The Meads Medical Centre
The Meads Medical Centre (shown here) has an overspill car park across Bell Lane in the industrial estate that is frequently called into use

Amenities and Services Objection

Submitted to Wealden District Council by Mike Corkhill on behalf of the Horstedpond Farm Action Group (HFAG)

28 November 2022

When they come to consider proposed new housing developments in their areas, Town and Parish Councils in Wealden always request that local needs and conditions take precedence over the District Council’s mission to meet the set target for the overall number of new homes that need to be built within its jurisdiction each year.


The Town and Parish Council request takes on added significance due to the facts that (a) there are currently around 8,000 unbuilt permissions in Wealden and (b) Wealden’s annual newbuild target is artificially high (some say by a factor of three), based as it is on the now-defunct 2014 Local Plan, with its outdated population growth projections and skewed algorithm. Both Office of National Statistics (ONS) data and general practitioner (GP) registrations show that the number of births in Wealden has fallen significantly in the last five years.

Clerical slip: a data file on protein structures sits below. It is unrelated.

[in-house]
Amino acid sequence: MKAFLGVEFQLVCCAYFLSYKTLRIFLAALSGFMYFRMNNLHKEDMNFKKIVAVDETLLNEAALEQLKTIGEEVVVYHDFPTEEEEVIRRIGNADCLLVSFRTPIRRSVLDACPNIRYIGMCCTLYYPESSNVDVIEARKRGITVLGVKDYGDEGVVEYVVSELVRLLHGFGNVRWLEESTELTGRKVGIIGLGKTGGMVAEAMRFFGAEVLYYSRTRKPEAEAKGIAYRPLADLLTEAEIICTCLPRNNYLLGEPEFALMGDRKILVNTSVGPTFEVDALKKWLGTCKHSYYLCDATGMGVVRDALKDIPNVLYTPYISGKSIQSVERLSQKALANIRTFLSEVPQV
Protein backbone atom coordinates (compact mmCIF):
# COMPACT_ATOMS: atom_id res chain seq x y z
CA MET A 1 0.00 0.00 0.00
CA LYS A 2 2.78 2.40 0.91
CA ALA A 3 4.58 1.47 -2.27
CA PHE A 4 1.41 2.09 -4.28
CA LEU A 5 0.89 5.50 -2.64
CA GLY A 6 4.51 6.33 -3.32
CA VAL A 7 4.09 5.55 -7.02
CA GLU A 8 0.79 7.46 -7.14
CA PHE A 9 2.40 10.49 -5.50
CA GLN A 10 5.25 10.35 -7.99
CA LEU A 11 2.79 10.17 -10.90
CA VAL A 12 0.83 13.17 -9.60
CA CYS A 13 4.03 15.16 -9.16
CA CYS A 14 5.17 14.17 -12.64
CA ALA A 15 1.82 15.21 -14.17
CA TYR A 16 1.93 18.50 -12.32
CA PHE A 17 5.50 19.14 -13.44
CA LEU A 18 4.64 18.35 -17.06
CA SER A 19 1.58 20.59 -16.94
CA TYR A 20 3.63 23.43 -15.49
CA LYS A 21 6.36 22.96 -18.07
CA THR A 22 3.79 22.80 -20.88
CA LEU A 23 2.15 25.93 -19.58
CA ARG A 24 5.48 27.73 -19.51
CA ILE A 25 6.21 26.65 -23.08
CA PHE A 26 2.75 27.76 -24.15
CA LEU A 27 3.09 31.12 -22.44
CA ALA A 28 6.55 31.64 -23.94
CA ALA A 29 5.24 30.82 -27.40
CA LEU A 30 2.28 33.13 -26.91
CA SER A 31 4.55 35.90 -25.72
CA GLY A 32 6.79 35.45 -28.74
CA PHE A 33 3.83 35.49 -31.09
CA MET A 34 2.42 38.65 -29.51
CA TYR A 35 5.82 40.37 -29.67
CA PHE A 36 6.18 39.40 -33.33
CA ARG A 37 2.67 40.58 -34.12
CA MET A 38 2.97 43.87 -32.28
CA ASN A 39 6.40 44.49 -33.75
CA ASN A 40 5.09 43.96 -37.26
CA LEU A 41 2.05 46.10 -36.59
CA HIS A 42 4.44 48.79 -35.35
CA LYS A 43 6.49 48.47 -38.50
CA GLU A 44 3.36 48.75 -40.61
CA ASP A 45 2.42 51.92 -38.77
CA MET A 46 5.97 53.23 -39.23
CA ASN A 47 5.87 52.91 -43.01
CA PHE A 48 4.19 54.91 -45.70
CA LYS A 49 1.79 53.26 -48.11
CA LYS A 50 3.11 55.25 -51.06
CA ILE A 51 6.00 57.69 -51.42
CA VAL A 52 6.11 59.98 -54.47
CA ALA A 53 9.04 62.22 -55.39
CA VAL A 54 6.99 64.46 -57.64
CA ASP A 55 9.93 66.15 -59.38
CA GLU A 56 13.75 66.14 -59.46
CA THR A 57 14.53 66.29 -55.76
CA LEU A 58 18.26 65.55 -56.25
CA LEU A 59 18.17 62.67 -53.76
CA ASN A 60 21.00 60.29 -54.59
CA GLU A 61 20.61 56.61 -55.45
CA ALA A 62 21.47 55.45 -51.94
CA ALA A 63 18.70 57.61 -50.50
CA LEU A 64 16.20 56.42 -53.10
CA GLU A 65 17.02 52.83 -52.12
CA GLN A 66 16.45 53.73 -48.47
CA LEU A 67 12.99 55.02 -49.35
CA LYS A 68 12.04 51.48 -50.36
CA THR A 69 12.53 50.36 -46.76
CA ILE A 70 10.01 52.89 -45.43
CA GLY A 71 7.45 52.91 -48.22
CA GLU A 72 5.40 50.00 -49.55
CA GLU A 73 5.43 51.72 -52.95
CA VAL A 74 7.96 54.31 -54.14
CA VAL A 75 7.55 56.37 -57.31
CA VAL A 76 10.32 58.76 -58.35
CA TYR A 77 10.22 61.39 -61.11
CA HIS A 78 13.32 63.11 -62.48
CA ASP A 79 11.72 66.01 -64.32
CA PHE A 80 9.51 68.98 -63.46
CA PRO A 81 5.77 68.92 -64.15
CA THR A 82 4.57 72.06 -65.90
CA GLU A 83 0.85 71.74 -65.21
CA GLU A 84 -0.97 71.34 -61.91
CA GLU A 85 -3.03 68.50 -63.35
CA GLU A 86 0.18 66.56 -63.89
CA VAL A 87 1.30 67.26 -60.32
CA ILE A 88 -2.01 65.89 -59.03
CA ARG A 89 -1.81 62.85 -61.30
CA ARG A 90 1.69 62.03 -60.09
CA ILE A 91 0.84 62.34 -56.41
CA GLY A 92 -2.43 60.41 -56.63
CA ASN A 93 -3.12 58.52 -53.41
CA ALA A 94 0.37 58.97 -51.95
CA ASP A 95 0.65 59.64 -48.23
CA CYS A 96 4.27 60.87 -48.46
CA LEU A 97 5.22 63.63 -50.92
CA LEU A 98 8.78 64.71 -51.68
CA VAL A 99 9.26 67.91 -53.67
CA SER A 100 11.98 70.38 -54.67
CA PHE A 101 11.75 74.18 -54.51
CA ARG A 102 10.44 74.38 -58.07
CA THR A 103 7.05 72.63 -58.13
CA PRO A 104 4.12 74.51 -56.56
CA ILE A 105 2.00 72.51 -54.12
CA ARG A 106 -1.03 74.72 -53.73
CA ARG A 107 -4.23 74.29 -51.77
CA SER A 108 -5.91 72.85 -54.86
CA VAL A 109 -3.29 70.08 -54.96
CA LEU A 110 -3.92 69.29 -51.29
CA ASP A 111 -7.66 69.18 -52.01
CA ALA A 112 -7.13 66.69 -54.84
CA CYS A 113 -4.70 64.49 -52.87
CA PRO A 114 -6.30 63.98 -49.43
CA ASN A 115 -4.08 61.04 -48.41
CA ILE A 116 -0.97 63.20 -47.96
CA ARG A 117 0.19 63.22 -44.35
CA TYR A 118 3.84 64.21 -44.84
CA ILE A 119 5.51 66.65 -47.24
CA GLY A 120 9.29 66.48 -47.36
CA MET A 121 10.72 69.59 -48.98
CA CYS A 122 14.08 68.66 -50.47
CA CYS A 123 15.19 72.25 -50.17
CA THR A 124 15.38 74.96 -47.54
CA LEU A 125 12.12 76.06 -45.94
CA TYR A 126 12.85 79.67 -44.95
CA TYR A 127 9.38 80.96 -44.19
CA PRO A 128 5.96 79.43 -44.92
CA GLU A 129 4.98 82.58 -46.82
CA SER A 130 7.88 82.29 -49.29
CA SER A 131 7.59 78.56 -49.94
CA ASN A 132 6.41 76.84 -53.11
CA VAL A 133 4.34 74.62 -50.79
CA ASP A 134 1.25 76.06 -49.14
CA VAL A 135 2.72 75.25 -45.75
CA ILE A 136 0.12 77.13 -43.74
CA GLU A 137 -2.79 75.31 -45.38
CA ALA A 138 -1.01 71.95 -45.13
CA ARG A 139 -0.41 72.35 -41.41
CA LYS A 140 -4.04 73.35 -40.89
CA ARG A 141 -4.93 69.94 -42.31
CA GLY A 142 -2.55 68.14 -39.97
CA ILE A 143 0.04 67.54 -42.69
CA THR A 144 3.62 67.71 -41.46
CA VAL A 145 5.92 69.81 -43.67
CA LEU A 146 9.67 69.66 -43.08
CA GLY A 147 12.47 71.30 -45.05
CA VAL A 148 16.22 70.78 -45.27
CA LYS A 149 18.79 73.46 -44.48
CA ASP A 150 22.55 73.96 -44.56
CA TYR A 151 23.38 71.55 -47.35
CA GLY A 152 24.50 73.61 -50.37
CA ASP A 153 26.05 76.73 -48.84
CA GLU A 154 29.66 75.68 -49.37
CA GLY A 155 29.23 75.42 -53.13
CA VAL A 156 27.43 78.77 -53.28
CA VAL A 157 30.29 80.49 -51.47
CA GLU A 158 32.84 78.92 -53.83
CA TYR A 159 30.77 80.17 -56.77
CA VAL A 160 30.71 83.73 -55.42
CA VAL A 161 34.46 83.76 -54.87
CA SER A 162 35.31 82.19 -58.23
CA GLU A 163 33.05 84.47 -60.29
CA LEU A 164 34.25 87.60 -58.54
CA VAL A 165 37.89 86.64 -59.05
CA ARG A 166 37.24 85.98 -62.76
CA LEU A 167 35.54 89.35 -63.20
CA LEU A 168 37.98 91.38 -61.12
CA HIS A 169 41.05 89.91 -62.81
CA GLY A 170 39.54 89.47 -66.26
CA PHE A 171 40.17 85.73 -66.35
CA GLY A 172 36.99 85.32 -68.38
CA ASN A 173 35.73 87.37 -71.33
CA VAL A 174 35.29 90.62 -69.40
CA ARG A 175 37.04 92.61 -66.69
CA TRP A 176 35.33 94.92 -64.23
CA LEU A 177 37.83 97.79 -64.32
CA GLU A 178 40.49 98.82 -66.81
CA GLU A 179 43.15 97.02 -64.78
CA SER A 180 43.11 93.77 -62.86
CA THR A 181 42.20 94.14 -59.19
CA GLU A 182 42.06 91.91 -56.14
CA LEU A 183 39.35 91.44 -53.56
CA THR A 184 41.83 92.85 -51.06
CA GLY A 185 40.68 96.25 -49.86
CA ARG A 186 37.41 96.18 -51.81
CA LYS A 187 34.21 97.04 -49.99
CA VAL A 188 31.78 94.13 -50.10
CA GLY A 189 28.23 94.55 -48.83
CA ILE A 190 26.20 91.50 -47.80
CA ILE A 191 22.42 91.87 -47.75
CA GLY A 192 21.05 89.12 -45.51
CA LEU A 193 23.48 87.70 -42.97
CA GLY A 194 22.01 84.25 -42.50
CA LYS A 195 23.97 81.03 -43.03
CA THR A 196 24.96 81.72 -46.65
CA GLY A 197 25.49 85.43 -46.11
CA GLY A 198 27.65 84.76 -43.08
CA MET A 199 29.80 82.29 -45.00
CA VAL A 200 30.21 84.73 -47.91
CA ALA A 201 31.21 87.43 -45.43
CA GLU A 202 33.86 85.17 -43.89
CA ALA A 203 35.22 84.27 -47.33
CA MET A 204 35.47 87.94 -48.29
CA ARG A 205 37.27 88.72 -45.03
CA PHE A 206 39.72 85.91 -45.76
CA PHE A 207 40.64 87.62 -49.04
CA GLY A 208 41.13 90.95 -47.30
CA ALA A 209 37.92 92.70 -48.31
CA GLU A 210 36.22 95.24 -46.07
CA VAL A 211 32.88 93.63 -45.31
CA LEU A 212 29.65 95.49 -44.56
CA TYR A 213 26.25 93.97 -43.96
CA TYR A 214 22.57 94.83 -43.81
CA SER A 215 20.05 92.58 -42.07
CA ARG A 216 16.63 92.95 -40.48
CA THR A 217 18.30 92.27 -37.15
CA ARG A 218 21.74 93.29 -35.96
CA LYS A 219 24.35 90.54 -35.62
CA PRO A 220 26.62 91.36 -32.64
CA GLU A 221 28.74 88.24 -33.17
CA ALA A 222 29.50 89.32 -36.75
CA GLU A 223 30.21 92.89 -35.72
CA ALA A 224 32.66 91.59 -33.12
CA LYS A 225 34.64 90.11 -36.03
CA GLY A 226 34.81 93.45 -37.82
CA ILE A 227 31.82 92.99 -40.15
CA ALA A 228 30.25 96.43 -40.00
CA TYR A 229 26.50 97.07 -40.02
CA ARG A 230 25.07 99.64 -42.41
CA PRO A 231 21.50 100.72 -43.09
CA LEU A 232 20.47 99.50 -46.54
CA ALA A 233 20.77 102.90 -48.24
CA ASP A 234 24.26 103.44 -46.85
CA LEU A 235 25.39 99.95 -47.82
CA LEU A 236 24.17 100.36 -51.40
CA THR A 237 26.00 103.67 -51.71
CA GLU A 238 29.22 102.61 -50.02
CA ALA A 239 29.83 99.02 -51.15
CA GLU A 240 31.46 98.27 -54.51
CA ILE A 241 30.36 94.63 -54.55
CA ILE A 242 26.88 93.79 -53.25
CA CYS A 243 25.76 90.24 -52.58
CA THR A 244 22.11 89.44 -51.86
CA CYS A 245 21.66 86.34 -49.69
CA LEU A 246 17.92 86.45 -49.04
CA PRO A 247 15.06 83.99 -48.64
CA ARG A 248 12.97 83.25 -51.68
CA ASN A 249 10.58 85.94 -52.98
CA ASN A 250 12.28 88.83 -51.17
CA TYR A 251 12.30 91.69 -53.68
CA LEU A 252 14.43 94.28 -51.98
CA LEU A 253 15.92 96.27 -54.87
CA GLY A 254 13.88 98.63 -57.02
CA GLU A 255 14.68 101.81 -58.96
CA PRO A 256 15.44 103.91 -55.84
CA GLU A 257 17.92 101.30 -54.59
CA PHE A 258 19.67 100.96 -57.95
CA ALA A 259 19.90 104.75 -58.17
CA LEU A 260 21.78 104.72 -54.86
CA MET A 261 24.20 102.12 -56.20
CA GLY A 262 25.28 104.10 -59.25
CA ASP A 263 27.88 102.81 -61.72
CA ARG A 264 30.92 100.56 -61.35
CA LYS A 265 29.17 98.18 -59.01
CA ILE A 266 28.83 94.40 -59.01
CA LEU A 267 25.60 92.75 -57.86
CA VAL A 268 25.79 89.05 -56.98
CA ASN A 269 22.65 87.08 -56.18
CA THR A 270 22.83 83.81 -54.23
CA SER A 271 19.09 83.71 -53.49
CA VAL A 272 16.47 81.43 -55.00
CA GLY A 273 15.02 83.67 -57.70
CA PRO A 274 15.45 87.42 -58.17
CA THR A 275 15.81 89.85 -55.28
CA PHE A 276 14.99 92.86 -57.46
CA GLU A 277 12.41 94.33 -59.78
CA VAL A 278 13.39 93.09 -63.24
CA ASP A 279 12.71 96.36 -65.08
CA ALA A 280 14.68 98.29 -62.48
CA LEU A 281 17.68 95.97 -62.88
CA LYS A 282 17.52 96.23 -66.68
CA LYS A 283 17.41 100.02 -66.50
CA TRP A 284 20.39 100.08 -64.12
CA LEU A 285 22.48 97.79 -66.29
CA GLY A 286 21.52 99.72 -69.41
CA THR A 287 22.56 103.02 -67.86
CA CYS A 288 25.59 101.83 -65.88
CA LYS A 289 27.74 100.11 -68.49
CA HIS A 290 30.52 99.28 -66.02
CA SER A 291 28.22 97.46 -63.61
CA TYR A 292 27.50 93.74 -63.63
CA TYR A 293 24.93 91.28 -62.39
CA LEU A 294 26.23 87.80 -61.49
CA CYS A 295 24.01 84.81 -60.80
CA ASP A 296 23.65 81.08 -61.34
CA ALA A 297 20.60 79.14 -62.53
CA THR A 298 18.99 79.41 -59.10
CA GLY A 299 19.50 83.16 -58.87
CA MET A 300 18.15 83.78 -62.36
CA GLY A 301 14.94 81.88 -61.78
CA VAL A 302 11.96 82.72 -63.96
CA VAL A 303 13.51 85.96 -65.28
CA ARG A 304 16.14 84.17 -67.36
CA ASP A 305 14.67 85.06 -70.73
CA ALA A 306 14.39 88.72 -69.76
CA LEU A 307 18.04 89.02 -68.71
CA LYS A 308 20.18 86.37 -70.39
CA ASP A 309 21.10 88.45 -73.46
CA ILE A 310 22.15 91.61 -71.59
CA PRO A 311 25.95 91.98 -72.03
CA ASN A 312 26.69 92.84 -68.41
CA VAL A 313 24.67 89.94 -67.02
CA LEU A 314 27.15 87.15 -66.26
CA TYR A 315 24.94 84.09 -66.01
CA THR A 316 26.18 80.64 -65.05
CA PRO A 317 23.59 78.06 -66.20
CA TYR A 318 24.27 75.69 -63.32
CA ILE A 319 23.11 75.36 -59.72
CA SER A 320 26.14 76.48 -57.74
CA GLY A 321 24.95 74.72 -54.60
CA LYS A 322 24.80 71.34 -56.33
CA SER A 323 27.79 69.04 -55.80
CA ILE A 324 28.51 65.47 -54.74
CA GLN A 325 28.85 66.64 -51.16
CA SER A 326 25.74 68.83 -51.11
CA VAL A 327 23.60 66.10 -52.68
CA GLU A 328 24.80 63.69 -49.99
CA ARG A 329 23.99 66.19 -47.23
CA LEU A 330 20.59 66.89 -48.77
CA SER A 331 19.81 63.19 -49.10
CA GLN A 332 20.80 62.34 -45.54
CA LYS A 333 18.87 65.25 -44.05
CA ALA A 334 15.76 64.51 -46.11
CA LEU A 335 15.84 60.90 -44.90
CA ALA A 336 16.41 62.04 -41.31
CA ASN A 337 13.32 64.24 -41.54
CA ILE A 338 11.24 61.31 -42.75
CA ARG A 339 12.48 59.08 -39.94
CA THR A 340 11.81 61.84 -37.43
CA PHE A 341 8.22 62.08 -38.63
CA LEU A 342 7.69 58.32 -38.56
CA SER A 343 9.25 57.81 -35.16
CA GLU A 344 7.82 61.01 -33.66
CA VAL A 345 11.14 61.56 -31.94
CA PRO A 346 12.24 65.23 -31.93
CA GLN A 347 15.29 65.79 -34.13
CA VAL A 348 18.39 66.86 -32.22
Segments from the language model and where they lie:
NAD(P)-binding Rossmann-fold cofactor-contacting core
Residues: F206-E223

No one has a better idea of what their areas can accommodate in terms of new homes at specific sites and no one has a better idea of how their residents feel about proposed new housing developments than the local Town and Parish Council councillors.


Uckfield Town Council, Little Horsted Parish Council, Framfield Parish Council and Isfield Parish Council have all objected to the Castlefort Homes proposal to build 400 homes at Horstedpond Farm (as set out in Planning Application No WD/2022/2016/MAO) on a number of counts. Amongst these are the inadequacy of the public services and amenities infrastructures in Uckfield and its immediate surrounds. All four councils point out that these “public services, amenities and transport infrastructures are currently stretched to breaking point”, before the addition of any further new homes, and highlight the significant difficulties inherent in attempting to enhance these Uckfield infrastructures.